Europe

Germany urges Serbia, Kosovo to step up rapprochement amid EU bid

Scholz and Vucic highlight differences on Russian sanctions over Ukraine war

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BERLIN

German Chancellor Olaf Scholz called on Serbia and Kosovo on Wednesday to step up their rapprochement efforts amid their plans to join the European Union.

Speaking after his meeting with Serbian President Aleksandar Vucic in Berlin, Scholz emphasized that progress on this issue was of "enormous importance" for the targeted EU membership of both countries.

"All open questions must be clarified in this dialogue," the chancellor added.

Scholz stressed that Serbia's accession process to the EU was being intensively supported by Germany.

To do this, however, the country must consistently continue on its reform path -- above all in questions of the rule of law, freedom of the media, and the fight against organized crime, according to Scholz.

Accession negotiations with Serbia have been going on since 2014.

Kosovo, which is predominantly inhabited by Albanians, broke away from Serbia in 1999 and declared its independence in 2008. To this day, Serbia has not recognized this and continues to lay claim to the territory.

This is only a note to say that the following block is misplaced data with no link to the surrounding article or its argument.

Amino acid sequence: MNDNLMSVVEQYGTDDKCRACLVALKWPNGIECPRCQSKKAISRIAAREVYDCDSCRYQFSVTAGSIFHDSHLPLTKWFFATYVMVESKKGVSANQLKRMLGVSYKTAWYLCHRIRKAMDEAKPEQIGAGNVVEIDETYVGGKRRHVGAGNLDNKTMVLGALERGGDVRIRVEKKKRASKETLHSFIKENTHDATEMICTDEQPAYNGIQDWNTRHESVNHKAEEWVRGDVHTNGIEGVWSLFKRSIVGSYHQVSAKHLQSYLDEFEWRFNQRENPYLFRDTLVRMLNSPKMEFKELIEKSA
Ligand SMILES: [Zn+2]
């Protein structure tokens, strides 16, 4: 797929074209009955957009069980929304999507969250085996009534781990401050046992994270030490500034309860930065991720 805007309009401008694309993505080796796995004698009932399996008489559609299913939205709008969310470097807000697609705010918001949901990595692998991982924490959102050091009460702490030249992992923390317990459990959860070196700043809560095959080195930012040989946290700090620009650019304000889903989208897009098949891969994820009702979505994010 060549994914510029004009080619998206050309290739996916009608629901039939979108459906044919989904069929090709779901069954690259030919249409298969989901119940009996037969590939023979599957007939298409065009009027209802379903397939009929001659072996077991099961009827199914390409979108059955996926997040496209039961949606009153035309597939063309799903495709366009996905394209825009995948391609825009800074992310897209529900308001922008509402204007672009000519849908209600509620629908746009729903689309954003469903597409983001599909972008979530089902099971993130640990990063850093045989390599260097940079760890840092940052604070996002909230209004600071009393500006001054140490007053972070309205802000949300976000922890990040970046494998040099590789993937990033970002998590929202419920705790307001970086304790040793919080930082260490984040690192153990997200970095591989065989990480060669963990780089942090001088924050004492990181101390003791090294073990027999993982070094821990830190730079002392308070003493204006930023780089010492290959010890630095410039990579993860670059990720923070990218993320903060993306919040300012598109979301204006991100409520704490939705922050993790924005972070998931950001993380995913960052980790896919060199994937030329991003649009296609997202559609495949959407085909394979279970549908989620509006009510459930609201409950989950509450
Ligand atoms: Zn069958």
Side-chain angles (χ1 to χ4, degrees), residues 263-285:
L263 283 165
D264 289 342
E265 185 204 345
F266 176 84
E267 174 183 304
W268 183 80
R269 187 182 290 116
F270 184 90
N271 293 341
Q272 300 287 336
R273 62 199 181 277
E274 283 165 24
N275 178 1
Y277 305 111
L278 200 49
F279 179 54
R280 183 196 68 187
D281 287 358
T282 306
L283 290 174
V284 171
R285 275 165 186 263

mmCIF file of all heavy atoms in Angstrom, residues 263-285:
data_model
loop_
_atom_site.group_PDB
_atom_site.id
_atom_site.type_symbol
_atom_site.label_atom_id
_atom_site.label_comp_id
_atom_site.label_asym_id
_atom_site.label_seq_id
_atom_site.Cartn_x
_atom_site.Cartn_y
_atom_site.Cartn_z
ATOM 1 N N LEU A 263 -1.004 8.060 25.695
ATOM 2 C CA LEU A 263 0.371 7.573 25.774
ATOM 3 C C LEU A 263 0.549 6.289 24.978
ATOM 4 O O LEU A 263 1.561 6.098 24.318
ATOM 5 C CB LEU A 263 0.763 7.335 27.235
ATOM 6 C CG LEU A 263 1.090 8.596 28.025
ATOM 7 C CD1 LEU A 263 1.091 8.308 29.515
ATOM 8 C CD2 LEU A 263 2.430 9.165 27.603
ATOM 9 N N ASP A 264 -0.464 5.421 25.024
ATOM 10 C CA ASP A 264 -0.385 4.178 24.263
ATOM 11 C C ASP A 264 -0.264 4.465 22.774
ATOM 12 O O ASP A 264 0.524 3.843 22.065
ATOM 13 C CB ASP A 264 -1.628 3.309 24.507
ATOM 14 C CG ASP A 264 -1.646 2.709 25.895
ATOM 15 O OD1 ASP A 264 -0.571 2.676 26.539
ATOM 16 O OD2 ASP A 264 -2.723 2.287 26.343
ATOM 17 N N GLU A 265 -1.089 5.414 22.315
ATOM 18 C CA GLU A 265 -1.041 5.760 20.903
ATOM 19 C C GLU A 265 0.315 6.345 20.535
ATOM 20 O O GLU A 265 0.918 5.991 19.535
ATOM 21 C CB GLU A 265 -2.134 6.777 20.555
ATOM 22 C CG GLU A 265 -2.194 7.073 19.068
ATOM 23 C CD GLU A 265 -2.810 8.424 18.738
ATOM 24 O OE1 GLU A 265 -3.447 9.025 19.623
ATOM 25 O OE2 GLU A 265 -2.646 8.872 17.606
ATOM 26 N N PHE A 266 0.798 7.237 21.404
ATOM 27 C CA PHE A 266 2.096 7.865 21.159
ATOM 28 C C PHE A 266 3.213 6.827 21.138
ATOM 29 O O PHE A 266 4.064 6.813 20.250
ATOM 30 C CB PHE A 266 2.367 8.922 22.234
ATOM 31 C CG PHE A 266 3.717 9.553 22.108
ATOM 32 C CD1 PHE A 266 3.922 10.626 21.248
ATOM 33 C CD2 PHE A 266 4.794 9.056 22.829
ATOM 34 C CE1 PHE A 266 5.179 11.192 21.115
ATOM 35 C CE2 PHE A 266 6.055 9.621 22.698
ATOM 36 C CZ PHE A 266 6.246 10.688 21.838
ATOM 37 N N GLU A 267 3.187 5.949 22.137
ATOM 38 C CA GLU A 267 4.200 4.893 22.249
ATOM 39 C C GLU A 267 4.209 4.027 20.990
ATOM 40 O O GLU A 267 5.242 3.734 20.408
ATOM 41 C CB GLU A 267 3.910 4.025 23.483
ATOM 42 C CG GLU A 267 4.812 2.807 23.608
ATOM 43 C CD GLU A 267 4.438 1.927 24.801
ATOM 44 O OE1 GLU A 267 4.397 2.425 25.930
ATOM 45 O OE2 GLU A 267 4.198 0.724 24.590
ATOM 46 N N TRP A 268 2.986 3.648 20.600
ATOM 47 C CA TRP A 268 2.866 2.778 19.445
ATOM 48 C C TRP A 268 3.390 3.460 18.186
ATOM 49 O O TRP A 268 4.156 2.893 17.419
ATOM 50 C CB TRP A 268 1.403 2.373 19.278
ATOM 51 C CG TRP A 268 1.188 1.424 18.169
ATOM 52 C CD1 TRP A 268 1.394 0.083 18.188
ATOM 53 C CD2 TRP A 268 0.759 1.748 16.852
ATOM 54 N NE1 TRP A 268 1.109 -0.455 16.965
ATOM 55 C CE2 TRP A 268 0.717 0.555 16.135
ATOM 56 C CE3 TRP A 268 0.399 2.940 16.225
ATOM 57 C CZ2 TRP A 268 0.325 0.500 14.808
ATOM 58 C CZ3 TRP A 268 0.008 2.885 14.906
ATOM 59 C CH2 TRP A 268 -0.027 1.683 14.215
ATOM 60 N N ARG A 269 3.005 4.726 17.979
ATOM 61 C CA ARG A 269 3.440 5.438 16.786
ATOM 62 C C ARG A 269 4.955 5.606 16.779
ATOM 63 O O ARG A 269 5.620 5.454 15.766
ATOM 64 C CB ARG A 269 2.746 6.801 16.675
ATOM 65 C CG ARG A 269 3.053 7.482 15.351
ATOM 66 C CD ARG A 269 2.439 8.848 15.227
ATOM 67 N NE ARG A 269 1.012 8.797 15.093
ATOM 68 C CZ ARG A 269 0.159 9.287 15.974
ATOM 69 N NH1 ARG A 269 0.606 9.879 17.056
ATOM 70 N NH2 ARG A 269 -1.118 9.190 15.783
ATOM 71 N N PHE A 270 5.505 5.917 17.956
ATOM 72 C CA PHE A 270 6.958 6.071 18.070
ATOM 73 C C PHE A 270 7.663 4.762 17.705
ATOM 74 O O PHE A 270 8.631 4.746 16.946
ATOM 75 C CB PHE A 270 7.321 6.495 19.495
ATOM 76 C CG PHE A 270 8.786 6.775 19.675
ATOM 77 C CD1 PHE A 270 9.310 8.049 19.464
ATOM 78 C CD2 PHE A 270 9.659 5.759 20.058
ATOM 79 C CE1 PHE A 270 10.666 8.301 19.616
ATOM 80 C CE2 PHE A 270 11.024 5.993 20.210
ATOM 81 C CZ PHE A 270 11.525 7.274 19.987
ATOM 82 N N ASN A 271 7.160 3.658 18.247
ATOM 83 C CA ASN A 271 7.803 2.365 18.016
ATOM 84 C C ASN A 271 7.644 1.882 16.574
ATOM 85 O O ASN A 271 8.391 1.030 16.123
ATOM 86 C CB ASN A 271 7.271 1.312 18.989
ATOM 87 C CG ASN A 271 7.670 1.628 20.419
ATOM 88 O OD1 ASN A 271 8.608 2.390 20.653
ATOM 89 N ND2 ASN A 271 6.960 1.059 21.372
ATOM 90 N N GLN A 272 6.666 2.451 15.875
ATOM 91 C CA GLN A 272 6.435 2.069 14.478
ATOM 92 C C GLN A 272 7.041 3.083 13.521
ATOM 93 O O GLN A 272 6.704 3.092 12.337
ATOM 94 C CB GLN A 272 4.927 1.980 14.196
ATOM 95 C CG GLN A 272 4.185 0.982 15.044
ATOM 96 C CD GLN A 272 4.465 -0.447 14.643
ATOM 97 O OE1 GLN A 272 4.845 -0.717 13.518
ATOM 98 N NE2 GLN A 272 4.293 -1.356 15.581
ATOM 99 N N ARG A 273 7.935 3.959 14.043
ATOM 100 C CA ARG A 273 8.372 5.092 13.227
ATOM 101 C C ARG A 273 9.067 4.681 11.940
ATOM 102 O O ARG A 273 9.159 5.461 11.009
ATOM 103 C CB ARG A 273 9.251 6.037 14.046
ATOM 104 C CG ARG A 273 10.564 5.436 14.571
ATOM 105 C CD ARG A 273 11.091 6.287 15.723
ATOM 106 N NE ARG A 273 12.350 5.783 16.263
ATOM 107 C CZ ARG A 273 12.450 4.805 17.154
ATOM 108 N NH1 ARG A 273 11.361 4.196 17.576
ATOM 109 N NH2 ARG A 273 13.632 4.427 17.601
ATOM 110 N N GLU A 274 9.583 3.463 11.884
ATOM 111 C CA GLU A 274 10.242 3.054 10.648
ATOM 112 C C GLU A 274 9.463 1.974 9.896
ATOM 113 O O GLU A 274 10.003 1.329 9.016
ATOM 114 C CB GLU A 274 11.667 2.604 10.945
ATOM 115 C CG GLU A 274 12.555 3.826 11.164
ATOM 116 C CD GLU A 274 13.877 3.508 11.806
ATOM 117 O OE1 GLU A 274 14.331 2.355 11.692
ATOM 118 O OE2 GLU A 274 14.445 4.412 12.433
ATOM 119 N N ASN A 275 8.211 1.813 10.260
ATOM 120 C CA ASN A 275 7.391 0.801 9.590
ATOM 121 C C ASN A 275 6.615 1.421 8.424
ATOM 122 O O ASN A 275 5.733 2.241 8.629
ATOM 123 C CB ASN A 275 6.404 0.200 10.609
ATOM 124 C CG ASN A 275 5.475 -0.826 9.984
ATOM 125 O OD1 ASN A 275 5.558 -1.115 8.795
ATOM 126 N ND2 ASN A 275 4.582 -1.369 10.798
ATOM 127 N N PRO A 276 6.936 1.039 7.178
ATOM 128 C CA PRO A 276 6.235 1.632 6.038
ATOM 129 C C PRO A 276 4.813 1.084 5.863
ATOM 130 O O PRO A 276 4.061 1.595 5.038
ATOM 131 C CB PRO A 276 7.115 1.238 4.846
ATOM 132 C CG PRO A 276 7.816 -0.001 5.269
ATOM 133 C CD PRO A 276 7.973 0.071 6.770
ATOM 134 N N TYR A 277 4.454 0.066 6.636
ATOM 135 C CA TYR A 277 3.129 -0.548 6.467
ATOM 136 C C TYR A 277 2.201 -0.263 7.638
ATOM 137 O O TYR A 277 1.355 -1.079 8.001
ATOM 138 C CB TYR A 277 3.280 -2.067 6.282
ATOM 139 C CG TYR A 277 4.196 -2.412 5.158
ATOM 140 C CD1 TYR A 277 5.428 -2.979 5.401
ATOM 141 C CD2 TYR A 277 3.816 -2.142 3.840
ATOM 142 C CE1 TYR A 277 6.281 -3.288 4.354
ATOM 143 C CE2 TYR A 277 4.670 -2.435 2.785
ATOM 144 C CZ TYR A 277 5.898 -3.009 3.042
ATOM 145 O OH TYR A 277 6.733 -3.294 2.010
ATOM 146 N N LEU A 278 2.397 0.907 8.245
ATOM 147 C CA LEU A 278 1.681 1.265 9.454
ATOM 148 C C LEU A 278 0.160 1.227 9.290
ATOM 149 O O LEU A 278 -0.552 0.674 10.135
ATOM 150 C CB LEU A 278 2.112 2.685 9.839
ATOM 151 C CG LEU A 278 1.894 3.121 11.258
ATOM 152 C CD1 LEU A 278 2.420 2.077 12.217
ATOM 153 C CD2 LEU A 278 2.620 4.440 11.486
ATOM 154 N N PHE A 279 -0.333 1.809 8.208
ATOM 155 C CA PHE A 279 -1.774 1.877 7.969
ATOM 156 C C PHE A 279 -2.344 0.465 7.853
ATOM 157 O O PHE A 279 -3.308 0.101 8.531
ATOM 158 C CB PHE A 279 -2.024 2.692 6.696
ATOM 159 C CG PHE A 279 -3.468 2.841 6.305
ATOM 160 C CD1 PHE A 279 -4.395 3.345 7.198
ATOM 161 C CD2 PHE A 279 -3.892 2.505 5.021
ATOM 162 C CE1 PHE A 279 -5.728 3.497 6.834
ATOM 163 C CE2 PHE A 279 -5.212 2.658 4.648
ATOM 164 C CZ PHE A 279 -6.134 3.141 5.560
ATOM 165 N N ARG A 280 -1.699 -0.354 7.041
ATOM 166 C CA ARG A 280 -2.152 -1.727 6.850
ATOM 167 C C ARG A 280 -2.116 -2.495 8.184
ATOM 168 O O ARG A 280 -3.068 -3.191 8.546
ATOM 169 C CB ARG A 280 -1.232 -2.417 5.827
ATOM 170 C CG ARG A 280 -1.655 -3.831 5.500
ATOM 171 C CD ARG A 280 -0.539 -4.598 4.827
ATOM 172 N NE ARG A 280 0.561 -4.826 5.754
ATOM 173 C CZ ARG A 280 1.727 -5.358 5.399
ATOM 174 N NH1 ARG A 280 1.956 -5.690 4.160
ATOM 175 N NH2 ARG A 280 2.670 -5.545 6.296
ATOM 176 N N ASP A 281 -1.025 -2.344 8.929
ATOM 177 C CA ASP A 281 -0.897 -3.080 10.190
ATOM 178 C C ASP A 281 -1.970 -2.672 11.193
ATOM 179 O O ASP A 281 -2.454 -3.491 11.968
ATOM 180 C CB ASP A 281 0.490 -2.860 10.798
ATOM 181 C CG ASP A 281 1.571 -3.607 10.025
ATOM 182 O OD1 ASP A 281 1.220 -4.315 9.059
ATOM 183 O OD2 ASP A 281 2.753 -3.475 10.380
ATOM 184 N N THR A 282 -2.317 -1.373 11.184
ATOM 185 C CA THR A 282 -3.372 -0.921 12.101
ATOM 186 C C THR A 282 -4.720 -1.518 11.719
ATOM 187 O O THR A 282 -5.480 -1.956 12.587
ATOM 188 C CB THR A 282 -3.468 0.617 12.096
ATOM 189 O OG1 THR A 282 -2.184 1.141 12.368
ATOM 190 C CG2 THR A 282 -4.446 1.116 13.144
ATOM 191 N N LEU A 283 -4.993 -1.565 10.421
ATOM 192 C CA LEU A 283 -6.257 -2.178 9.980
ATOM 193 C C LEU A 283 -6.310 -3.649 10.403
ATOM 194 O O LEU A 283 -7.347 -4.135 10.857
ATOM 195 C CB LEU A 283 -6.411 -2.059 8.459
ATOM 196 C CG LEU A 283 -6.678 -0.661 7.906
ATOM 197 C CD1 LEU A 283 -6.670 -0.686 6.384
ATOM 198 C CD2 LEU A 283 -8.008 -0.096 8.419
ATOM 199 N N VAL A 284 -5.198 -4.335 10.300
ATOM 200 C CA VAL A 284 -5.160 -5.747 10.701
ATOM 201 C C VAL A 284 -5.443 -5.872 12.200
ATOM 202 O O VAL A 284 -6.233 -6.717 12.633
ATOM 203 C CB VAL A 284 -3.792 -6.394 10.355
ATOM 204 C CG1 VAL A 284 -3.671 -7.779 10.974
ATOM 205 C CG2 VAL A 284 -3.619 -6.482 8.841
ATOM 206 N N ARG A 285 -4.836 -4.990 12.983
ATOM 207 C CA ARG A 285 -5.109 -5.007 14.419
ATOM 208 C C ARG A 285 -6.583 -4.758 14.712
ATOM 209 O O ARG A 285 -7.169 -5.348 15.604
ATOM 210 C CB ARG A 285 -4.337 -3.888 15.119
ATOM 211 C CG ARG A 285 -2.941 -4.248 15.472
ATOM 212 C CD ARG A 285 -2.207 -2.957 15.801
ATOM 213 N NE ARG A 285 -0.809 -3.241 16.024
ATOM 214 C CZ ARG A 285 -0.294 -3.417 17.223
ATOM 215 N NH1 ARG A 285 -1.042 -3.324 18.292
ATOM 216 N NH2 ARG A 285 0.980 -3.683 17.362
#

Meanwhile, Vucic has vowed to continue his rapprochement with neighboring Kosovo.

He reiterated that he would do anything to reach a compromise.

In the evening, direct talks between Vucic and Kosovar Prime Minister Albin Kurti, who was also a guest at the chancellery a few hours earlier, were to take place in the German capital.

Although Kosovo has not yet applied for membership, it is also aiming for membership. Kurti emphasized in Berlin that there was no alternative to the EU and NATO for his country. Chancellor Scholz promised his support, saying "the Western Balkans are part of Europe."

Since Russia launched its war on Ukraine, concerns about destabilization in the Western Balkans have also grown within the EU.

The war also played a central role in Scholz's talks, and differences of opinion also emerged here, according to German news agency DPA.

Vucic explained that Serbia had a different attitude on the subject of sanctions. He pointed out that his country itself had been the victim of sanctions for a decade. Although Serbia had condemned the war on Ukraine at the UN General Assembly, it rejected economic sanctions against Russia.

The EU suspects Moscow also of fueling unresolved conflicts in the region and thus thwarting possible EU membership for the Balkan countries. In this context, Kurti lamented factors in the Western Balkans that were directed by the Kremlin.

“This poses a threat to peace and security. We are concerned but not afraid,” he said.

At least 3,238 civilians have been killed and 3,397 others injured in Ukraine since the war with Russia began on Feb. 24, according to UN estimates. The true toll is feared to be much higher.

More than 5.6 million people have fled to other countries, with over 7.7 million people internally displaced, data from the UN refugee agency shows.

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